Hydrogeothermal Convective Circulation Model for the Formation of the Chicxulub Ring of Cenotes in the Yucatan Peninsula, Mexico
The Chicxulub impact near the center of the carbonate Yucatan platform produced a low permeability and high thermal conductivity melt rock that arguably extends to the basement rock at 3.5 km below surface. Heat of impact enforced the pre-existing geothermal circulation pattern, driving convective flow, with strong vertical components. Even with depletion of the heat of impact, the high thermal conductivity of the crystalline melt would lead to enhanced geothermal gradients overlying the impact structure near the center of the platform.
The cenotes overlying the crater are deep (150+ m) vertical shafts with most (but not all) breaching the surface. The pit geomorphology suggests a bottom-up formation. Also, water temperature and conductivity profiles support ongoing vertical flux in some deep pit cenotes.
Within this framework, I’m currently working in a conceptual model for the formation of the Ring of Cenotes by hydrogeothermal convective circulation in the post-impact carbonate sequences, leading to spatially focused dissolution at depth, with voids initiated along the crater edge effectively propagating upwards, often breaching the surface.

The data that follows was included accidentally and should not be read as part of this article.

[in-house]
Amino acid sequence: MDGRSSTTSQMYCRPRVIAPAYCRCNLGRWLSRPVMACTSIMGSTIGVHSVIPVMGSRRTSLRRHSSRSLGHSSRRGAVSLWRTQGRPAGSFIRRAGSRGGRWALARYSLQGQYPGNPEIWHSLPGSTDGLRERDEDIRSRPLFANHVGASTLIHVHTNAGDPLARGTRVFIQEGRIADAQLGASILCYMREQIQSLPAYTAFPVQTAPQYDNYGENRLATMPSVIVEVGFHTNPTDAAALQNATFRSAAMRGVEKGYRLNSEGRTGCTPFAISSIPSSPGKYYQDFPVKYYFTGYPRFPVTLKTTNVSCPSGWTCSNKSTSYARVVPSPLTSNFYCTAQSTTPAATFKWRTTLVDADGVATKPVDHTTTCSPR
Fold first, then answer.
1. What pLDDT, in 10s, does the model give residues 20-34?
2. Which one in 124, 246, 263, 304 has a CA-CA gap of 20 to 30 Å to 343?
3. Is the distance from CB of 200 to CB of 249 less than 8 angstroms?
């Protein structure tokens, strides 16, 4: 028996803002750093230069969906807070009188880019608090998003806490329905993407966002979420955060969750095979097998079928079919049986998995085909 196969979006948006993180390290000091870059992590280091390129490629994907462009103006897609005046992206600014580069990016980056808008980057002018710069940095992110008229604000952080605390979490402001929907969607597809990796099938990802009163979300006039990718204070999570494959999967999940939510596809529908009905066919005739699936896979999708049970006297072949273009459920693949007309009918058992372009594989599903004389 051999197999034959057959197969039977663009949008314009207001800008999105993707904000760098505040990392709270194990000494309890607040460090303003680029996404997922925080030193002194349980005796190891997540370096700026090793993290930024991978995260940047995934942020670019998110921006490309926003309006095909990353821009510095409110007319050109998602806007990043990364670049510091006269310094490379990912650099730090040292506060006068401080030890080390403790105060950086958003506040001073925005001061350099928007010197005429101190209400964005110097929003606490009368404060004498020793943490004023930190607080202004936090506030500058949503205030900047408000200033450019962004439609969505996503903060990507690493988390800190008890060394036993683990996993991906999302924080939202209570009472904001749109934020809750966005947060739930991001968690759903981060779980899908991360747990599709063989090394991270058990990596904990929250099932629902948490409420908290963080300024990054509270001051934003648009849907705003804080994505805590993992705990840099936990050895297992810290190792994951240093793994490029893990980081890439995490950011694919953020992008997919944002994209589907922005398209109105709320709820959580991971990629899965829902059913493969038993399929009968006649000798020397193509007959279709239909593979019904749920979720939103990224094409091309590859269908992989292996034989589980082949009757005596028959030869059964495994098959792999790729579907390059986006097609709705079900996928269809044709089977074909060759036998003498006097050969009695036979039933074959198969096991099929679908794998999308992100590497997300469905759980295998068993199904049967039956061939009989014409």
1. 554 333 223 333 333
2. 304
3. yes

Subterranean Estuaries in Karst: Water-Rock interactions and elemental flux to coastal ocean
My current research involves water-rock interactions and geochemistry of coastal carbonate aquifers. I’m employing technical cave diving to get access to the geology of the marvelous underwater cave systems in the Yucatan Peninsula.
I have been collecting hand-size specimens of carbonate rocks from underwater caves, dry caves, and quarries to perform stratigraphic correlations and geochemical analyses. The samples are analyzed for elemental chemical composition, stable carbon and oxygen isotopes, lithology and fossil content. This information, when together with the aqueous chemistry, will improve our understanding of the nature of the water-rock interactions in karstic coastal systems.